3. That no man can tell what evil he may perpetrate, if Satan be permitted to assault him

[Judas, no doubt, was unsound from the beginning: for being, from the first, the depositary of the stock by which our Lord and his Apostles subsisted, he appropriated sums to his own personal use: "he held the bag, and was a thief." But it was not so with Peter, or the rest of the Apostles; yet he denied his Lord; and all the rest, in his extremity, forsook him. In vain were all their resolutions and engagements when the hour of trial came: and who can tell what he himself may do, if Satan be permitted to assail him. Of all men upon the face of the earth, David was the last whom we should suppose likely to commit the enormous sins of adultery and murder: yet, in the hour of temptation he fell. And there is no man living who has not reason to cry continually, "Hold thou me up, and I shall be safe." To every one amongst you, then, I would say, "Let him that thinketh he standeth take heed lest. he fall." "Be not high-minded but fear."]

4. That God's conduct towards us is the very reverse of ours towards him—

[We," after eating bread with him, are ever ready to lift up our heel against him." But he, on the contrary, after we have dealt ever so ungratefully towards him, is ever ready to receive us, and to admit us to the most endeared intercouse with him. He has even spread a table for us, even "a feast of fat things, of fat things full of marrow, and wines on the lees.

well refined;" and he invites us to partake of it. When we ungratefully refuse his invitations, he renews them with greater urgency, and directs his servants to compel us to come in. He sends them into the highways and hedges for this express purpose; and commissions them to declare, that whosoever cometh unto him, he will in no wise cast him out. Not sins of a scarlet or a crimson die shall be deemed any disqualification for his favours, if only we will accept his proffered mercy in Christ Jesus. Come then, brethren, into this state of holy intercourse with your gracious God and Saviour. Let not a sense of your past rebellion discourage you. The Prodigal Son is a just image of a returning sinner; and the reception which he met with shall be yours -]



John xiii. 31, 32. Jesus said, Now is the Son of Man glorified, and God is glorified in him. If God be glorified in him, God shall also glorify him in himself, and shall straightway glorify him.

IF it were asked, at what time, and on what occasion, God and his dear Son were more dishonoured than at any other period of the world, the answer probably would be, that it was in that hour, when, by the united voice of all his own countrymen, the Lord Jesus Christ was delivered into the hands of the Gentiles, to be crucified. Doubtless this would be the judgment of all who viewed that event merely with the eye of sense. But to the eye of faith it will appear in far different colours. The whole design of God in it will then be seen, and all the glory of the Godhead will be found to shine forth in it. This was the judgment of the Lord Jesus Christ himself, who, at the moment that Judas went forth for the purpose of betraying him into the hands of the chief priests and rulers, said, "Now is the Son of Man glorified, and God is glorified in him. If God be glorified in him, God shall also glorify him in himself, and shall straightway glorify him."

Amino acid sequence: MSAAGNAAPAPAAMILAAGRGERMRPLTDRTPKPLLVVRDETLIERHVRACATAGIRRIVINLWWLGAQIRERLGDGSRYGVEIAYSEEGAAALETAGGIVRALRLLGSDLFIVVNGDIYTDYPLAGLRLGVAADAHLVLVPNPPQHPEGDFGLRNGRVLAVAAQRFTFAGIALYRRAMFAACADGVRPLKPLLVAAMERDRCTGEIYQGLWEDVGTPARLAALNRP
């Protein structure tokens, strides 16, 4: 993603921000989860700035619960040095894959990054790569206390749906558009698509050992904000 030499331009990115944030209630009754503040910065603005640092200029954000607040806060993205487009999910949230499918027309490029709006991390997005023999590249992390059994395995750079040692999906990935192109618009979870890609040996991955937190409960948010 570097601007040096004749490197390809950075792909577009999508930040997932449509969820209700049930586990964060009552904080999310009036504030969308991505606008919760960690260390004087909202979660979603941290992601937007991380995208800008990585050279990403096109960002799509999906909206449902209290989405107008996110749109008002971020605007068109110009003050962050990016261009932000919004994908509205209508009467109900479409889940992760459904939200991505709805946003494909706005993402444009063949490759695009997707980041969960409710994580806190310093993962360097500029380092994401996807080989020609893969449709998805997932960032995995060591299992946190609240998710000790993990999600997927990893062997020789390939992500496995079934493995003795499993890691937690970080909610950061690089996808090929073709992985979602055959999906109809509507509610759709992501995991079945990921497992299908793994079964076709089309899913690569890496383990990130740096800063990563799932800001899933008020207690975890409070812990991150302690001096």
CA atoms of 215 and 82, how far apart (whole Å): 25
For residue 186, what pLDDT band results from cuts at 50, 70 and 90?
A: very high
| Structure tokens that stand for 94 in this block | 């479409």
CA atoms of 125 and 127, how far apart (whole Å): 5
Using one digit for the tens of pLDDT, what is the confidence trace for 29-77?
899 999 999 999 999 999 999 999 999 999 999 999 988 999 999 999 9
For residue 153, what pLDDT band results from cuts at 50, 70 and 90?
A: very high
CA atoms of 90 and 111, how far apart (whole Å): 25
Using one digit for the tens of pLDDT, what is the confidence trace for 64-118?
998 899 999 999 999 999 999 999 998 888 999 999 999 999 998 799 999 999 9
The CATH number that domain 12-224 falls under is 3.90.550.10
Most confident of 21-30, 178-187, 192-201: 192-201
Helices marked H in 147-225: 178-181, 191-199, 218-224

In opening to you these most important declarations, I will endeavour to shew what glory accrued from the sufferings of Christ,

I. To the Son himself

To enter fully into this subject, would occupy far too long a time for one discourse: I must content myself, therefore, with stating, under each head of my discourse, only the more prominent points, for the elucidation of it.

The Lord Jesus Christ was now glorified, in that he was about,

1. To complete his engagements with the Father

[From all eternity had a council of peace been held between the Father and the Son; the Father agreeing to give to his Son a chosen people; and the Son agreeing, on his part, to assume our nature, and in that nature to offer himself as the substitute and surety of sinful man. The Lord Jesus was first "to make his soul an offering for sin, and then was to see a seed who should prolong their days; and the pleasure of the Lord was to prosper in his hand." The agreement is thus stated by the Psalmist; and thus recorded also by an inspired Apostle, as in part already fulfilled: "When he cometh into the world, he saith, Sacrifice and offering thou wouldest not; but a body hast thou prepared me. In burnt-offerings and sacrifices for sin thou hast had no pleasure. Then said I, Lo, I come (in the volume of the book it is written of me) to do thy will, O God." But now the time was arrived for its completion. He was now about to endure the whole load of suffering which he had engaged to bear; and he was ready to drink to the very dregs the cup which had been put into his hands. Of the extent of its bitterness no finite imagination could conceive: but, "bloody as the baptism was, wherewith he was to be baptized, he was quite straitened till it should be accomplished." And in this unshaken fortitude and fidelity he was greatly glorified.]

2. To redeem from death a ruined world

[This was the end of all his sufferings. They were altogether an atonement made for sin. Without such an atonement no human being could be saved. By it, a way was opened for the salvation of every living man. It was for this that he had become a man: it was for this that he had fulfilled all righteousness it was for this that he had endured his agony in the garden of Gethsemane: it was for this that he was about to expire upon the cross: and, if only he might "see of the travail

a Zech. vi. 13.

c Ps. xl. 6-8. with Heb. x. 5-7.

b Isai. liii. 10.

d Luke xii. 50.